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Variable speed injection pumping - a success story

SuperTechSuperTech Posts: 938Member
In November I found evidence of flue gas condensation in my chimney base. I'm sure this is the result of everything I have done to maximize efficiency, outdoor reset, downfiring the burner, heating with low supply water temperature on my Peerless WBV-03. I could have solved this problem by sacrificing some efficiency but that's no fun so I decided to research other solutions.

I decided that primary secondary piping and better control over supply and return water temperature was the answer. I considered installation of a hydro separator or a Taco I series mixing valve but I decided on another solution, variable speed injection mixing.

The boiler loop is 1-1/4" pumped by a Taco Viridian VT2218, I also added a wye strainer and thermometer to keep an eye on return water temperature. The crossover bridge piping has another VT2218 as the injection pump with a Caleffi QuickSetter balancing valve and flow check valve on the return side of the crossover bridge, all 1" copper.

For the secondary I decided to keep the existing zone valves and Grundfos Alpha circulator. I piped the manifolds reverse return, with the supply manifold piped downward to prevent gravity flow and heat traps on the return manifold. The indirect tank is the first priority zone, followed by the two pipe Venturi tee cast iron baseboard zone for the first floor and cast iron radiatior zone for the basement.

I'll attach pictures so suggestions for improvements can be made, although it's working great. I can easily heat with low supply temps without the return dropping below 140 degrees. Short cycling has been eliminated. On a near design temperature days circulation is nearly constant with the burner cycling 1-2 times an hour at most.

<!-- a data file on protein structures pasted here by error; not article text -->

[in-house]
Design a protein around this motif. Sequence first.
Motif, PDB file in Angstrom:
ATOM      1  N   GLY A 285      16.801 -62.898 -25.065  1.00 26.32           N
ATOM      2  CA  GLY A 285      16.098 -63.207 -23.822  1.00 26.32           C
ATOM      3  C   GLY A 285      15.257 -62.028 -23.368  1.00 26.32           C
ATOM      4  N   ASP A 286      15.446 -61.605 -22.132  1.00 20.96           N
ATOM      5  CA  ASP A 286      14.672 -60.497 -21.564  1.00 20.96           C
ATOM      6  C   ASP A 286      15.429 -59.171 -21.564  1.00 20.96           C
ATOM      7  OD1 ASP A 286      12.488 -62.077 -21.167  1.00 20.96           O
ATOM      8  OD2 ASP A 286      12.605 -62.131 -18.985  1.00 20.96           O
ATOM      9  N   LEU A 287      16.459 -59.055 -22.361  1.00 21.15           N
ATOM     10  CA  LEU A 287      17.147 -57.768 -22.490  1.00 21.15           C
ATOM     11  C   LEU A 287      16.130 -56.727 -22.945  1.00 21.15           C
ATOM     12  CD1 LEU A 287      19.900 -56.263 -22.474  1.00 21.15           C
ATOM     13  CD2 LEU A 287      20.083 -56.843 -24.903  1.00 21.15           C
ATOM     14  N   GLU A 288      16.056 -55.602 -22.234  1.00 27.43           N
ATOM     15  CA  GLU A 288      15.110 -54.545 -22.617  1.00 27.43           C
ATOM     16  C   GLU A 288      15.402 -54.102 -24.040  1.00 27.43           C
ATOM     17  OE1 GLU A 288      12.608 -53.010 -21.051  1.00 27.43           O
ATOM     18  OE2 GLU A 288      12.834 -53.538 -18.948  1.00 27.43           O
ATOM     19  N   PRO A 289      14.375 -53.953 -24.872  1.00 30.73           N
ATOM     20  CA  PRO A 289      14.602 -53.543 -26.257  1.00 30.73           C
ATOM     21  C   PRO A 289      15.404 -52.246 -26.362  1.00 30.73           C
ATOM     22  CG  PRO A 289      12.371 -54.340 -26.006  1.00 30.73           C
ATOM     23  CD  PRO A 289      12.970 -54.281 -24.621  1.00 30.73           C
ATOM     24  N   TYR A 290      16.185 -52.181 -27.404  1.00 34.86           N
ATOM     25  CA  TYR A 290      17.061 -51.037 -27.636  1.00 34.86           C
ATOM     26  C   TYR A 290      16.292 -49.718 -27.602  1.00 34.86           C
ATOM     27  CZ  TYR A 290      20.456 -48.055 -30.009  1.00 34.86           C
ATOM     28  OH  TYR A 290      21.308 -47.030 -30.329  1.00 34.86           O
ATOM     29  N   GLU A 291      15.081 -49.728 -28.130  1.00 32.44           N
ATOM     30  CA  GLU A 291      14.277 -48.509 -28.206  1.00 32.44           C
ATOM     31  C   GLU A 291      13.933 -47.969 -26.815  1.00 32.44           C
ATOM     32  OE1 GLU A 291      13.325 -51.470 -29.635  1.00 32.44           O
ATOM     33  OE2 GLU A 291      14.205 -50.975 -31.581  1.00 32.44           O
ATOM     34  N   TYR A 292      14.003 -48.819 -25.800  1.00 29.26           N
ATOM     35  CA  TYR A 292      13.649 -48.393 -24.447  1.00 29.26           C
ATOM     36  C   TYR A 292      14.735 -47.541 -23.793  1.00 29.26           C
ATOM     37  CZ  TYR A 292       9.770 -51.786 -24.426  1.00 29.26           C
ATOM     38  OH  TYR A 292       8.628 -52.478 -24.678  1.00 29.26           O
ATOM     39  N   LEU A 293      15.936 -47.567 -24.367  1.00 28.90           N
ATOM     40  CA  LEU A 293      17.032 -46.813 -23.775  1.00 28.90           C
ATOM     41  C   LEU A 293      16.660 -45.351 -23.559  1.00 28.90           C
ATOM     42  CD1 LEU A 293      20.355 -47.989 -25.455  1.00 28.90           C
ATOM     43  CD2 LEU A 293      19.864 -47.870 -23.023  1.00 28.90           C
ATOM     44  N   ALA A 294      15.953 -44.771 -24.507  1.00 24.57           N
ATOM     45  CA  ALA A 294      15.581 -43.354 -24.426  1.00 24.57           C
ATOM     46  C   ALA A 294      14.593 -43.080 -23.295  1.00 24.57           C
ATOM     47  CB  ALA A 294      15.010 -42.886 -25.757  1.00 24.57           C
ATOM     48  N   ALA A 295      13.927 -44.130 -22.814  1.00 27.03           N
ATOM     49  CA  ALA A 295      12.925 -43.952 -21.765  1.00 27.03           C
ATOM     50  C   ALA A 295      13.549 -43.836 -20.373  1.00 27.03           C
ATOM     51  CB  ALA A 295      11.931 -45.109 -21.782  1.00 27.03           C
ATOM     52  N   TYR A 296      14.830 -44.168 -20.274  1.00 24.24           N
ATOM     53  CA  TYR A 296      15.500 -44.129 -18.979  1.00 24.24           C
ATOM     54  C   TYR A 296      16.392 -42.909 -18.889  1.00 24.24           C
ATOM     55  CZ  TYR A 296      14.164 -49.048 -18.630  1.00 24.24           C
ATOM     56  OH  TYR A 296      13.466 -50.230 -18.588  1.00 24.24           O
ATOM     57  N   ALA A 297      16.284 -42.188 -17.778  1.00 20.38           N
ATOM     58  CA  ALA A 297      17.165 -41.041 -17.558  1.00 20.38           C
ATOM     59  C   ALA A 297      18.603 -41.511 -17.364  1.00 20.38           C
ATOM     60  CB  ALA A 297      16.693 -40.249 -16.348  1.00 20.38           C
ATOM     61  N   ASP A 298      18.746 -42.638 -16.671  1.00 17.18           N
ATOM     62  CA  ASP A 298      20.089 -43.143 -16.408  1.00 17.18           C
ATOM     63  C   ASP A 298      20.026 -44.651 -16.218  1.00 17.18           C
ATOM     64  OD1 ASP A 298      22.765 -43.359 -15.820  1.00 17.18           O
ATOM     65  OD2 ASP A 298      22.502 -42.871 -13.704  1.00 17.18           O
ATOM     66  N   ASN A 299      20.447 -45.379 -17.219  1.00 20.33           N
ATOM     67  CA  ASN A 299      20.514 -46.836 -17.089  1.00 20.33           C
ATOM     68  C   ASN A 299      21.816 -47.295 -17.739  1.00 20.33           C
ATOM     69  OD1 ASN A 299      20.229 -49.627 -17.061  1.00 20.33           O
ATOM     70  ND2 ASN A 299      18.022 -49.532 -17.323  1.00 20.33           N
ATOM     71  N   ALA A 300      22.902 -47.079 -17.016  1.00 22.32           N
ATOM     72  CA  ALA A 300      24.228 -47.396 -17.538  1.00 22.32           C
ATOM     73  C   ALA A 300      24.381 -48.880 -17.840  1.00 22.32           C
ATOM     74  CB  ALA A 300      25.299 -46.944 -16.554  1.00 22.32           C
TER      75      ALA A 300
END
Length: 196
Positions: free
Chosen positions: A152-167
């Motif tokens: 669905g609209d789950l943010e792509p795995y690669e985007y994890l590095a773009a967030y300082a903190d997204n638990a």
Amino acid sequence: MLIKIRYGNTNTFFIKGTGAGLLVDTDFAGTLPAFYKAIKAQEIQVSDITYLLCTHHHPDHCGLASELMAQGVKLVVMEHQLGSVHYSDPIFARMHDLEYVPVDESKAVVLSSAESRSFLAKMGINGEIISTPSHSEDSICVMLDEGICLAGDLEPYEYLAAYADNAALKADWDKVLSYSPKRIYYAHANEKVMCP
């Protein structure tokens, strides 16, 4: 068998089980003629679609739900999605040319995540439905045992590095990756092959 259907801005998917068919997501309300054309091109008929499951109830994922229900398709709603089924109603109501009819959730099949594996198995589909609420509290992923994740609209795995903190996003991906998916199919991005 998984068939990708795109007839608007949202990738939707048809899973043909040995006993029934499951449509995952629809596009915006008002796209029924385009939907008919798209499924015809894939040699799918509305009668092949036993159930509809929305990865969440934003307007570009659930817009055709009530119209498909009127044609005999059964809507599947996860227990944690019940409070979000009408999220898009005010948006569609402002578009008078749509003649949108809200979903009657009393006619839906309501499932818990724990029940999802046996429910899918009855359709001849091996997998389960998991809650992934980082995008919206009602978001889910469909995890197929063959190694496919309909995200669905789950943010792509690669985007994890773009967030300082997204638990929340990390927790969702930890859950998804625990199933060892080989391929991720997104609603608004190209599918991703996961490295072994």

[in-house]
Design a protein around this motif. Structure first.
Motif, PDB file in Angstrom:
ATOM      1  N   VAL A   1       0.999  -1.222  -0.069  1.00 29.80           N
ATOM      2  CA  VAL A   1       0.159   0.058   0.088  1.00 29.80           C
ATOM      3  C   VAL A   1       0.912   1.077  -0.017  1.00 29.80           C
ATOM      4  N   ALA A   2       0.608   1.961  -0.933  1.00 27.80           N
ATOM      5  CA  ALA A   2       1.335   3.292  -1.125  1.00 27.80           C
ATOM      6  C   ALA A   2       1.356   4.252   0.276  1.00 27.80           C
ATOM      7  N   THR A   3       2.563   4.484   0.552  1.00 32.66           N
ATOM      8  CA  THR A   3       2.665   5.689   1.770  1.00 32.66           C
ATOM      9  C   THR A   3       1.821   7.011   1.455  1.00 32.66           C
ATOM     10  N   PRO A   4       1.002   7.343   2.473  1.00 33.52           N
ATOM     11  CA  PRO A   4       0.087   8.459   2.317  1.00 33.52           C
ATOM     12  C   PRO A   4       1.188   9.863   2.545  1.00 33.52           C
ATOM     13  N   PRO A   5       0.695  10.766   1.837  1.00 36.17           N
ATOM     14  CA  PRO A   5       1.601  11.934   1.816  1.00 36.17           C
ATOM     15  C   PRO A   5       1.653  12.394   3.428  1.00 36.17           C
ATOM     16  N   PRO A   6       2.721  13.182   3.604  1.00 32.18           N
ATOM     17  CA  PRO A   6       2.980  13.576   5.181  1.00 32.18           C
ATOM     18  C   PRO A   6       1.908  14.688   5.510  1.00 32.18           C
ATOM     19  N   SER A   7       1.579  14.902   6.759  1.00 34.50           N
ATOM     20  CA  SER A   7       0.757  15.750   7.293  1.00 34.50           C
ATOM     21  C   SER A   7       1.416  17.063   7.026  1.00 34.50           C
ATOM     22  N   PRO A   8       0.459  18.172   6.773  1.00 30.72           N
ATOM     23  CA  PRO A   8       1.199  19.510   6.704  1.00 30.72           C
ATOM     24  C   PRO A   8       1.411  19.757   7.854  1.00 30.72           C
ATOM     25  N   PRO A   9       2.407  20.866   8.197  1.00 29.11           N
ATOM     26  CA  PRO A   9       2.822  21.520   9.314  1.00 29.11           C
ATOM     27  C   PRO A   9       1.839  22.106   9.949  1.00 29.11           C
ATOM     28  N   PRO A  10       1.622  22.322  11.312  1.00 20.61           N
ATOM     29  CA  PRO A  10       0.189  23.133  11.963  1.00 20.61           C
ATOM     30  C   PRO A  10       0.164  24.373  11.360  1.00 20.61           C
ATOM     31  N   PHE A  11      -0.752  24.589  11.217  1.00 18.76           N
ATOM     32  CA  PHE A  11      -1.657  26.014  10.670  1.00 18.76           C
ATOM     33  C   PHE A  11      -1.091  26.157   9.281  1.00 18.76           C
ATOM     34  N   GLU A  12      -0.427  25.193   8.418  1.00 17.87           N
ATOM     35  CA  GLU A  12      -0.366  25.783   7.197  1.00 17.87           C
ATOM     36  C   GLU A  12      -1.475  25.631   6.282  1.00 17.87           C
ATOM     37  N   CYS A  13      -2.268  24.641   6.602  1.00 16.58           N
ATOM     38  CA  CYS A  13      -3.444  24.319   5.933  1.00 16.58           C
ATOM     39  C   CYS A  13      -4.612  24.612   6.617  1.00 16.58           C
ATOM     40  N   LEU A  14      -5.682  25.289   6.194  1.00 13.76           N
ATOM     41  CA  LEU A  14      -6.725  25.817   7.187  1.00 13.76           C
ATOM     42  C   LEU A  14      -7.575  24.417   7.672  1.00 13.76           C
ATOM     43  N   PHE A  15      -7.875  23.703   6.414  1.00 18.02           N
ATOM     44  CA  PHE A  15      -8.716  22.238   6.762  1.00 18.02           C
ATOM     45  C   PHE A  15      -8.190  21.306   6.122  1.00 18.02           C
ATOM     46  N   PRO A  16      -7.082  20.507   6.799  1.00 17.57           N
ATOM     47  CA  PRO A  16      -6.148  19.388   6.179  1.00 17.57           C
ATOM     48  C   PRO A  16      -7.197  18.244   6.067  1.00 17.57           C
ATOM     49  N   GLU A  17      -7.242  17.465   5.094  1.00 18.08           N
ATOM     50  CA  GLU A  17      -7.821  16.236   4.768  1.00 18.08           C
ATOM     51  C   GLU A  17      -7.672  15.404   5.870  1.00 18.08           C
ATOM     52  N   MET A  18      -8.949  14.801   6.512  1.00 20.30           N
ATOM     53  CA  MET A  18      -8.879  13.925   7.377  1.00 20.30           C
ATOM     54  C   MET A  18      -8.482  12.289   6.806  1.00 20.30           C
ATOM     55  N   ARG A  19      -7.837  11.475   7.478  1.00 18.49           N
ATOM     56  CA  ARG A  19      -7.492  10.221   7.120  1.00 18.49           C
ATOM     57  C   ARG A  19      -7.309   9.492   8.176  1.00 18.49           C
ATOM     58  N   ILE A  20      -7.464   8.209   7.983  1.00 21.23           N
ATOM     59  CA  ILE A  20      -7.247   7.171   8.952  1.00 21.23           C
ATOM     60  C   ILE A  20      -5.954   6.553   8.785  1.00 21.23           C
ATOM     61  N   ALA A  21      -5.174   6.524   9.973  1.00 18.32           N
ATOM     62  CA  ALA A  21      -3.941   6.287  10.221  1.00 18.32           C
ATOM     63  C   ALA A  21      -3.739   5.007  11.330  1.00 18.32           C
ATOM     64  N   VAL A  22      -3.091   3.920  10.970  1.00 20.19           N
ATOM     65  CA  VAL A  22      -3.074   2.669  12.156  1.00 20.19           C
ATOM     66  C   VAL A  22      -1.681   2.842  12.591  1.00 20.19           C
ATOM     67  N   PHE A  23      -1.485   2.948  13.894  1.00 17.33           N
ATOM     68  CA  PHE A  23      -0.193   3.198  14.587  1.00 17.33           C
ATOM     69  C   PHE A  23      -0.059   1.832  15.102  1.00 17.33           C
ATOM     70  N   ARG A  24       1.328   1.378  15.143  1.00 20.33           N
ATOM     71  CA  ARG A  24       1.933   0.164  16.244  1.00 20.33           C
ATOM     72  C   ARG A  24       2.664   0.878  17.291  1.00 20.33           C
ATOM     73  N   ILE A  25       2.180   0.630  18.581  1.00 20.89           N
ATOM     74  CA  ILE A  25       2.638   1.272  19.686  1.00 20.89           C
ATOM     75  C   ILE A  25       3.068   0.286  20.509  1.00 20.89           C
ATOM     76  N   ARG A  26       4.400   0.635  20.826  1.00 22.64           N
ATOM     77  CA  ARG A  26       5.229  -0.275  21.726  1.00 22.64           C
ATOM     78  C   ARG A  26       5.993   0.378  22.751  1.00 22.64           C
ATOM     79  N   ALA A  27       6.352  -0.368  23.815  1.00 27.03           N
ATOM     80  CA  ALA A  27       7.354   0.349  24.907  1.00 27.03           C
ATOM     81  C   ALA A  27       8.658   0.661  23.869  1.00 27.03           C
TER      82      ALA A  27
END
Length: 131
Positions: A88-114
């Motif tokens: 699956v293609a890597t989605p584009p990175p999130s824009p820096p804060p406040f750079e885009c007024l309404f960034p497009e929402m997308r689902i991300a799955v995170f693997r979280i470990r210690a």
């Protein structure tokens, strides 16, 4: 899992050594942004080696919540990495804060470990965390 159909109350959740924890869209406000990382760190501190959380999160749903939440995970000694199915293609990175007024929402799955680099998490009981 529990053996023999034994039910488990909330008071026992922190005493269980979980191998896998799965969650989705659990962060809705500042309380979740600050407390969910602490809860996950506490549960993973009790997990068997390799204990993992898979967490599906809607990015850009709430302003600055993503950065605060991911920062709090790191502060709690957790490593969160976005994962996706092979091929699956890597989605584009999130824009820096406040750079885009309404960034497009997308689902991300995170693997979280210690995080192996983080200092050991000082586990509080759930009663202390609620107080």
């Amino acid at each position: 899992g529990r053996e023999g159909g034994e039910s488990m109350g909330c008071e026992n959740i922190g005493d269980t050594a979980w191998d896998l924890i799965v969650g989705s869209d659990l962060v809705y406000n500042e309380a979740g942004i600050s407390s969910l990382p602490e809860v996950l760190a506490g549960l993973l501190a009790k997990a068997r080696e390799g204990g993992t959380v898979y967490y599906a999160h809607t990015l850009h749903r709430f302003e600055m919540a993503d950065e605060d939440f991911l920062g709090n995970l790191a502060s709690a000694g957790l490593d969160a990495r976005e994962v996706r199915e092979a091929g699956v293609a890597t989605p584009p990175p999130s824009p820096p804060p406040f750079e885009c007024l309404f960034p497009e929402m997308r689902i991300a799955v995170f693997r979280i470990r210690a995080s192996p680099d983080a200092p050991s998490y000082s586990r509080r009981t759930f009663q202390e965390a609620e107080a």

I plan on adding a dirtmag next and eventually installing a Tekmar control. Any other suggestions for improvements would be appreciated.

Comments

  • STEVEusaPASTEVEusaPA Posts: 3,083Member
    edited December 2018
    Why the Tiger loop? At the very least lower it about 6-8" so the supply/return lines have a little play in them.
    You'll have to keep track of DDays and oil usage and let us know the results.
    Also I hope you replaced that door gasket...looks like some scorching.
    steve
  • SuperTechSuperTech Posts: 938Member
    > @STEVEusaPA said:
    > Why the Tiger loop? At the very least lower it about 6-8" so the supply/return lines have a little play in them.
    > You'll have to keep track of DDays and oil usage and let us know the results.

    The tiger loop was a freebie from years ago I don't have an air problem but I figured it couldn't hurt anything. I have to redo the flex lines at some point but I can still open the combustion chamber.

    I'm keeping track of oil usage, with this weather it doesn't look like I'm going to see a design temperature day anytime soon. The burner cycles are definitely longer but much less frequent. I've been very pleased with the ability control primary and secondary loop temperature with this setup. I expected more problems given that I have never attempted something like this before.
  • STEVEusaPASTEVEusaPA Posts: 3,083Member
    Looks like you're having fun!

    I've gone thru multiple re-pipings of my boiler, just to see how it performs (my wife thinks I have a problem).